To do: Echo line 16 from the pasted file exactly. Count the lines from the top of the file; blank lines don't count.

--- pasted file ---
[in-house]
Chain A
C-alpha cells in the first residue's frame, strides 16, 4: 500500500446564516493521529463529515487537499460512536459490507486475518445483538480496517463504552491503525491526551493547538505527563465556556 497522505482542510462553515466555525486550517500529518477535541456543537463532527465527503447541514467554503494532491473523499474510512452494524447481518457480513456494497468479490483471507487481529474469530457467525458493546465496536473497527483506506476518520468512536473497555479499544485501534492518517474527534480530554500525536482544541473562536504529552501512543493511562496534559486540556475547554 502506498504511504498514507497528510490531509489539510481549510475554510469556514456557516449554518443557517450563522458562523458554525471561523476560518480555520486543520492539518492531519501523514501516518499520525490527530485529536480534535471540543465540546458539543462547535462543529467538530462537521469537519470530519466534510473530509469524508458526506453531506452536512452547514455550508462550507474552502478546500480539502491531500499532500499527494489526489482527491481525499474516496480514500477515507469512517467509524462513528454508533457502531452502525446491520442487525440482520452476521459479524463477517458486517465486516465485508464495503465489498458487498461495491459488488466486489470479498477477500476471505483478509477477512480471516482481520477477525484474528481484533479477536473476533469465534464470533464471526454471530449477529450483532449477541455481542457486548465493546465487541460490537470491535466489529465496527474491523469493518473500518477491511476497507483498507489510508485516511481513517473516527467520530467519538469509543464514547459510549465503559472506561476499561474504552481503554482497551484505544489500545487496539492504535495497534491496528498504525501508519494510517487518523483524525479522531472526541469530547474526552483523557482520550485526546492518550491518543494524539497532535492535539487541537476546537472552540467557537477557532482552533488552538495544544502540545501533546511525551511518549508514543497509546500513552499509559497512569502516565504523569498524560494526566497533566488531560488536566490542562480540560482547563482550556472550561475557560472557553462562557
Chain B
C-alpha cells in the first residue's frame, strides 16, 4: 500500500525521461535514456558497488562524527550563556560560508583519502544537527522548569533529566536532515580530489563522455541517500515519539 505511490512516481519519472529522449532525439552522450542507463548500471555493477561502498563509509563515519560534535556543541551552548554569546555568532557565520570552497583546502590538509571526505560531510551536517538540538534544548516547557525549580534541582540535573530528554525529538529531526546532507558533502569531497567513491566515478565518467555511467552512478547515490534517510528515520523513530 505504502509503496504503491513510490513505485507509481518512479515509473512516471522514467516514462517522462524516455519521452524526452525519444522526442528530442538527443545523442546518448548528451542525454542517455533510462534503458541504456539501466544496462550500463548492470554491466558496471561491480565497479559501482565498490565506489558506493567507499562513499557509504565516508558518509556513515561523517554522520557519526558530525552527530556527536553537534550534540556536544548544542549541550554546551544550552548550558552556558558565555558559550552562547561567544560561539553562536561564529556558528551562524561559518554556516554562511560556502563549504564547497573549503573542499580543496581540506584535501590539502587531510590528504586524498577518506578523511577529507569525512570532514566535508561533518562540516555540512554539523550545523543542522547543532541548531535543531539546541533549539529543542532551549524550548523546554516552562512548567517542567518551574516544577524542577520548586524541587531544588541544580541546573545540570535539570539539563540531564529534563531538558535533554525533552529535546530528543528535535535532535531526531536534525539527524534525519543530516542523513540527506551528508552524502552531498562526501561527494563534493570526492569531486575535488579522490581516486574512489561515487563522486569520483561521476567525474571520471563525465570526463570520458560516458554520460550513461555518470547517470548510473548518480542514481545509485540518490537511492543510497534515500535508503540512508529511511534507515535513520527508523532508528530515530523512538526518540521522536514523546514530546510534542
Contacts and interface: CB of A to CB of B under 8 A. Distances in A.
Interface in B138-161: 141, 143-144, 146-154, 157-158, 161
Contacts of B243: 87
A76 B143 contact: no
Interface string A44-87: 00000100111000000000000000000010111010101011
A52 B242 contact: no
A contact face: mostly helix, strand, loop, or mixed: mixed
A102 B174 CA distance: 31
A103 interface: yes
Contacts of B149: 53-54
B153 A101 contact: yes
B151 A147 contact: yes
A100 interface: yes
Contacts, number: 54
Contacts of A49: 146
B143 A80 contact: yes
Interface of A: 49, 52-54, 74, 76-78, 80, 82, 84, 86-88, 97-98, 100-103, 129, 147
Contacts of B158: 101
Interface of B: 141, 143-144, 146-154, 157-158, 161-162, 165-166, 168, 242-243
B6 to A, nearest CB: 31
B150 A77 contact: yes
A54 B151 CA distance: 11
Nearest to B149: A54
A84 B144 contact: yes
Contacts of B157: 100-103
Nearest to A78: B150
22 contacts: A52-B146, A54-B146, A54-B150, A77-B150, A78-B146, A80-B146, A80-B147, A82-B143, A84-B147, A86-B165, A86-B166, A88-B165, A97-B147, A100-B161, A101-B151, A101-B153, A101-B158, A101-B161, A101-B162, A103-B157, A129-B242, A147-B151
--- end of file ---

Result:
B153 A101 contact: yes